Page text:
Plane, train, an automobile and a horse
When Nancy Kalinda and Francis Mavula started to bounce ideas around for their engagement photos, their ideas revved from zero to 60 in about three seconds.
The pair, who were engaged just before Christmas 2011, didn’t want the standard shots of a bride-and-groom-to-be cuddling under a tree.
They were inspired by a television ad for the premium vodka Cîroc, which shows a pack of elegantly dressed revellers led by rapper P. Diddy exiting a private plane and heading to a party in Las Vegas.
Mavula has a passion for nice cars and planes — one of his favourite things to do in his spare time is to watch planes take off and land. If there was going to be a plane and a high-performance automobile, they reasoned, maybe there should be a train.
And a horse.
“I love horses,” says Kalinda, who happens to have a friend with a farm east of Ottawa. So they asked their wedding planner what she could do to make it a reality.
Wendy Leung of Beyond Events had a week to put all the shots together.
She went through her list of contacts and arranged to borrow a shiny red Ferrari from Exotic Car Rental, got permission to shoot at the Rockcliffe Airport and in the Arc Hotel’s sleek modern lounge in downtown Ottawa.
They added a shoot with the steam train at the Canada Museum of Science and Technology. Leung borrowed sample gowns from Mia Bridal Co. and two tuxedos from Morris Formal Wear.
The shoot took seven hours, there were four changes of wardrobe for the bride and three for the groom.
Kalinda arranged for friends to do her hair and makeup.
Leung handled the props — luggage for the airport shots, a champagne bucket and glasses (the “champagne” in the glasses in some of the photos is actually ginger ale ).
“Wendy planned a magical day for us,” says Kalinda. “It was like a labour of love.”
Gone are the days were a wedding photographer’s job was merely to line up the bridal party and make sure no one is squinting. The speed of the digital age — and the fact that photographers can snap hundreds of photos without having to develop the film — means that bridal photography is becoming increasingly sophisticated. Photos can be easily retouched.
At the same time, the Facebook generation is accustomed to “curating” their lives through photography. Couples are requesting engagement shoots that are just as elaborate as the wedding shoot. Brides and grooms-to-be are able to easily peruse images from dozens of weddings on the Internet to see what they like and what has been done too much, says Leung. They want atmosphere and they want the photos to tell a story.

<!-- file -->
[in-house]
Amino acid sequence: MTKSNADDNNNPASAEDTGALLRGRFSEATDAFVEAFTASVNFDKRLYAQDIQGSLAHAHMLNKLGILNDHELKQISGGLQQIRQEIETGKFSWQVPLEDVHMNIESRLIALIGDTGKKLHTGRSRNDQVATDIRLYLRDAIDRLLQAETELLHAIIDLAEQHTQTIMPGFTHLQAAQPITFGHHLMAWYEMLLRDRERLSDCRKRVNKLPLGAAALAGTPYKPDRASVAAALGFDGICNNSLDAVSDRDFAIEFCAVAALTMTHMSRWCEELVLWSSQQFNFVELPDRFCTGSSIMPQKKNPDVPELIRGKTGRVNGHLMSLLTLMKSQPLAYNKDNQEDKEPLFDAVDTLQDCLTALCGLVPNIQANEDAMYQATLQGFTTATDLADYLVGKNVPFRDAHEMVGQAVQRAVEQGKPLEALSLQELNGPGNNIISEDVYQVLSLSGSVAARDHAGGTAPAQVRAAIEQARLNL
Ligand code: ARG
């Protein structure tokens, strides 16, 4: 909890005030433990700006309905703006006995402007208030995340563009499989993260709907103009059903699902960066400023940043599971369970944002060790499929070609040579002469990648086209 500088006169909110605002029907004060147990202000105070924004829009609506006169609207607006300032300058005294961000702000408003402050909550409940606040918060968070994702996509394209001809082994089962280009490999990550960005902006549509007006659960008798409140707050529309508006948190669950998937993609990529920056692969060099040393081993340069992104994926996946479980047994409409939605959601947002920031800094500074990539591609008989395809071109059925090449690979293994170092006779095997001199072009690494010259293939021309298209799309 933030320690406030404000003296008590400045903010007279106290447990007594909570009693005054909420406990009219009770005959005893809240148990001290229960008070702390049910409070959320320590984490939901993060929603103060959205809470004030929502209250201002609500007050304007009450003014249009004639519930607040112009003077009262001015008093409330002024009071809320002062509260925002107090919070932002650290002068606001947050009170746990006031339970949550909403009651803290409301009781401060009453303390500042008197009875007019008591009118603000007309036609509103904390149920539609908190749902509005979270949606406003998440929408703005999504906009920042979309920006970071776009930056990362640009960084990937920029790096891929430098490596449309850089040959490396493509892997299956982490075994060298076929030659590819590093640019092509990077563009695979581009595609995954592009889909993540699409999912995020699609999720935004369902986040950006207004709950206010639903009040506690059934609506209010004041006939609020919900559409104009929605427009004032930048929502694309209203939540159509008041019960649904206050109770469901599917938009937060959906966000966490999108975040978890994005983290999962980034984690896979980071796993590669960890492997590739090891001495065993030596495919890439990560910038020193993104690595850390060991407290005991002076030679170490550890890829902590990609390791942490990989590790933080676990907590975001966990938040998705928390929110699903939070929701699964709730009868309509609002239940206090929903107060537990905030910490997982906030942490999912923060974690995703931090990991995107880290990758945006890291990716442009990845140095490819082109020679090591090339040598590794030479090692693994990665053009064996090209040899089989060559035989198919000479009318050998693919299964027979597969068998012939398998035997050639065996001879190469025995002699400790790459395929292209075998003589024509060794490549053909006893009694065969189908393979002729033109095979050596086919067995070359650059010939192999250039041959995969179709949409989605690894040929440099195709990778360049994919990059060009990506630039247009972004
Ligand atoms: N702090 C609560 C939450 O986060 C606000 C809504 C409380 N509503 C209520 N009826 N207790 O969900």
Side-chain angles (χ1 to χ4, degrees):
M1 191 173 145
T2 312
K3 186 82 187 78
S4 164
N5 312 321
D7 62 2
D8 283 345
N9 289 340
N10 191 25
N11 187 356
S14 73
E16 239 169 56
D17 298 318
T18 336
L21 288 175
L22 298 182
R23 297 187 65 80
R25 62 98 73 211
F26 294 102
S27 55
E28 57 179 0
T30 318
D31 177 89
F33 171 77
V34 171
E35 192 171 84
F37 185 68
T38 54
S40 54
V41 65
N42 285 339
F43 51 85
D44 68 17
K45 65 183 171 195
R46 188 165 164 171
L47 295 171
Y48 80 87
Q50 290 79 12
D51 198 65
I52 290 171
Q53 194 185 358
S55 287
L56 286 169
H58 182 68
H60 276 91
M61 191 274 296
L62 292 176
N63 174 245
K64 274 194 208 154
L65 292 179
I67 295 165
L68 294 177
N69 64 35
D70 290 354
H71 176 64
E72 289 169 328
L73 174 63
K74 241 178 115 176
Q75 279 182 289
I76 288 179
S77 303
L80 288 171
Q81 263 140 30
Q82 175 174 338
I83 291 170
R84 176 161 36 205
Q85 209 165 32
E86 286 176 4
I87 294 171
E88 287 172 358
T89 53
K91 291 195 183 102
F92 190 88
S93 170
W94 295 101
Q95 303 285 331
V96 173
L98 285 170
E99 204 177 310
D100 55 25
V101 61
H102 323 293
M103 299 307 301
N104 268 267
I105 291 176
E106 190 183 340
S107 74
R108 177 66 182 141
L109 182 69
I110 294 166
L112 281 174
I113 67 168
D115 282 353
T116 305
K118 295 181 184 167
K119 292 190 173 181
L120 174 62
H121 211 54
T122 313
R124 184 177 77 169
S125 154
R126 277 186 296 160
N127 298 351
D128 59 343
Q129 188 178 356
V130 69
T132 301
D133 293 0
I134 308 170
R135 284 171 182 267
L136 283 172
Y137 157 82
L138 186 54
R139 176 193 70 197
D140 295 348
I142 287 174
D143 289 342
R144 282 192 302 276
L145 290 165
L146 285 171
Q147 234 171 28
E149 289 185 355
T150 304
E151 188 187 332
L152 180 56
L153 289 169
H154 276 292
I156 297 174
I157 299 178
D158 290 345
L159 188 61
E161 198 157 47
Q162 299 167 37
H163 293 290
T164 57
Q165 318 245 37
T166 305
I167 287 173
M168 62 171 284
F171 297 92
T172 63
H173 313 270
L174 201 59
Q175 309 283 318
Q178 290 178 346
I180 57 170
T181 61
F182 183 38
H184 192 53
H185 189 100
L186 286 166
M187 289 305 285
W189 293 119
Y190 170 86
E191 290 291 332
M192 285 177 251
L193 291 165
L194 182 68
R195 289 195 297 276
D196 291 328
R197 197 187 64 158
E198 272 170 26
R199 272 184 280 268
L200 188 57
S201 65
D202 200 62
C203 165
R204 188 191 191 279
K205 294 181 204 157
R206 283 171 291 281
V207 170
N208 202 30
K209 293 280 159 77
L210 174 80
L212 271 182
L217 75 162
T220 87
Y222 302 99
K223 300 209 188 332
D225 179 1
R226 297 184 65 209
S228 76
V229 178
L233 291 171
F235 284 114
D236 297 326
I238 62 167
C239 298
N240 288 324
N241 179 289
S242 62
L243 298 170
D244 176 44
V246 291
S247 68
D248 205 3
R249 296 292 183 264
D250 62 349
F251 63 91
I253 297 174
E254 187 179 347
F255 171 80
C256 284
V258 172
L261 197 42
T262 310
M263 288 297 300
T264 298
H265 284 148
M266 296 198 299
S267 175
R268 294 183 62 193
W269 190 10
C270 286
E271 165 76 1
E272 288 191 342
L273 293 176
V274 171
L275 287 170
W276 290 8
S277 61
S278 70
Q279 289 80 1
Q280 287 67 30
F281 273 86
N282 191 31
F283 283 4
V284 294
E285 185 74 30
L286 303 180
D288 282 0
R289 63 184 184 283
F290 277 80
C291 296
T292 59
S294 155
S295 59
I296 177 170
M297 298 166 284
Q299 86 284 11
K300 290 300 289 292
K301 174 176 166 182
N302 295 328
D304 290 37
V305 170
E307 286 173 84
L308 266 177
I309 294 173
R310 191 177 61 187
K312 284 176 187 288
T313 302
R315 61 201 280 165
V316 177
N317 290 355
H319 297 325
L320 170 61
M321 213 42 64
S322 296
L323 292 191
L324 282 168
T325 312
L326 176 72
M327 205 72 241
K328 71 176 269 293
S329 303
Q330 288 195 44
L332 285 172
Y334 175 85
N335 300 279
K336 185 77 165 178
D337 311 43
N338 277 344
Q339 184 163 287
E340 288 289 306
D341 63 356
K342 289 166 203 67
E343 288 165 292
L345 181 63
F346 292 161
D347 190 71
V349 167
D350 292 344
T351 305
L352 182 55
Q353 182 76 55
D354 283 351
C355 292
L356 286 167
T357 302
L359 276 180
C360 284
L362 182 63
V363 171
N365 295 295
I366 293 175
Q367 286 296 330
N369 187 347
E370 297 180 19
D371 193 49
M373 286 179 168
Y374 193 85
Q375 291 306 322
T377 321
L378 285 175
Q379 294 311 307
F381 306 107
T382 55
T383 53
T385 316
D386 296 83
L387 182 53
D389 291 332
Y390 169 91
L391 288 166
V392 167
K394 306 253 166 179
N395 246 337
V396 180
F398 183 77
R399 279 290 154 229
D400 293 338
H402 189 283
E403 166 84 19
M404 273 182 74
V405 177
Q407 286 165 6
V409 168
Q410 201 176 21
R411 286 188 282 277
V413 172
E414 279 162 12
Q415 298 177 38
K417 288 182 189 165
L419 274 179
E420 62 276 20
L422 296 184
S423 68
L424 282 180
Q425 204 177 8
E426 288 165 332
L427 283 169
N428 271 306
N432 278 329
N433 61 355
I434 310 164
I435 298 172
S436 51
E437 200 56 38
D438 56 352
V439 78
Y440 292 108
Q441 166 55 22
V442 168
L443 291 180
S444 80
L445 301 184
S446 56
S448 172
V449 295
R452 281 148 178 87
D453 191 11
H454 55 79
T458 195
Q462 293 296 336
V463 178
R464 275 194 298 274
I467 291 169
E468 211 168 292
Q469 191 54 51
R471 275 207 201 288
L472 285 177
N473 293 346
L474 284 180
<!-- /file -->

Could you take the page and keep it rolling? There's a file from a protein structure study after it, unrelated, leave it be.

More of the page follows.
“Everyone wants something different, whether it’s the location, props, or a magazine-like set. It sets the tone for the wedding. The guests will know what to expect,” she says.
“Some couples just want to go where no one else has gone.”
Troy St. Louis, who has been a wedding photographer for about seven years, says engagement shoots typically take about two hours. This shoot required three cars, five settings and about seven hours.
“I wanted it to look classy and fashiony, too,” says St. Louis, who is also doing a five-minute video “story” of the wedding day. “With couples now, they want a stylish shoot. They want role-playing.”
For Mavula, sitting in the Ferrari was a highlight because he had never been in one before. So was taking pictures on the actual airport runaway.
For Kalinda, the hardest part was shooting the train scene in the hot sun for two hours.
“Luckily, there was a hotdog stand with a picnic table in the shade. When we were done shooting the scene, we all took a break to enjoy a cold drink with a hotdog,” she says.
“I kept telling myself to ‘smile’ à la Tyra Banks. We got a few good shots, thank goodness, but it’s not easy pretending to be a real super model.”
Kalinda and Mavula, both public servants, met in the summer of 2007 after a Kanye West concert.
They had a lot in common. Mavula was born in Burundi, came to Ottawa when he was nine and went to university in the U.S. on a soccer scholarship. Nancy was born in the Congo, lived in South Africa and came to Ottawa in her mid-teens.
“The energy was great,” says Mavula. “We started talking on the phone. We couldn’t stop talking.”
They discovered that they both wanted the same things in life — to have a family, travel, give back to the community and to Africa. Mavula asked Kalinda to marry him in just before Christmas 2011 with carefully-staged proposal that everyone in both families knew about — except Kalinda.
Mavula’s family invited Kalinda’s family for coffee and cake. An aunt urged Mavula to make their relationship official. He got down on one knee and poured out his heart for 15 minutes before presenting her with a hideous ring he claimed he had especially designed for her. This was a joke. The real ring came out later.
They have already used some of the photos for their “save the day” cards, the wedding invitations and the rehearsal party. They plan to scatter framed photos from the shoot on the tables this July at their wedding, an event that has expanded to nine bridesmaids, nine groomsmen and five junior bridesmaids once they added up siblings, cousins and old friends.
“The wedding will be a big party. We just want it to be a celebration,” says Kalinda.
They probably won’t use the photos with the Ferrari. “We felt it was a bit pretentious,” says Kalinda, who confesses she felt a bit queasy showing her mother the steamy shots taken in the Arc lounge.
“We wanted to have something to look back at,” Mavula says of the engagement shoot. Adds Kalinda: “Now I just want to get these elaborate pictures done every five years.” How will they top this at their wedding? “I have a secret location in mind,” she says. “I don’t want anyone to steal my idea.”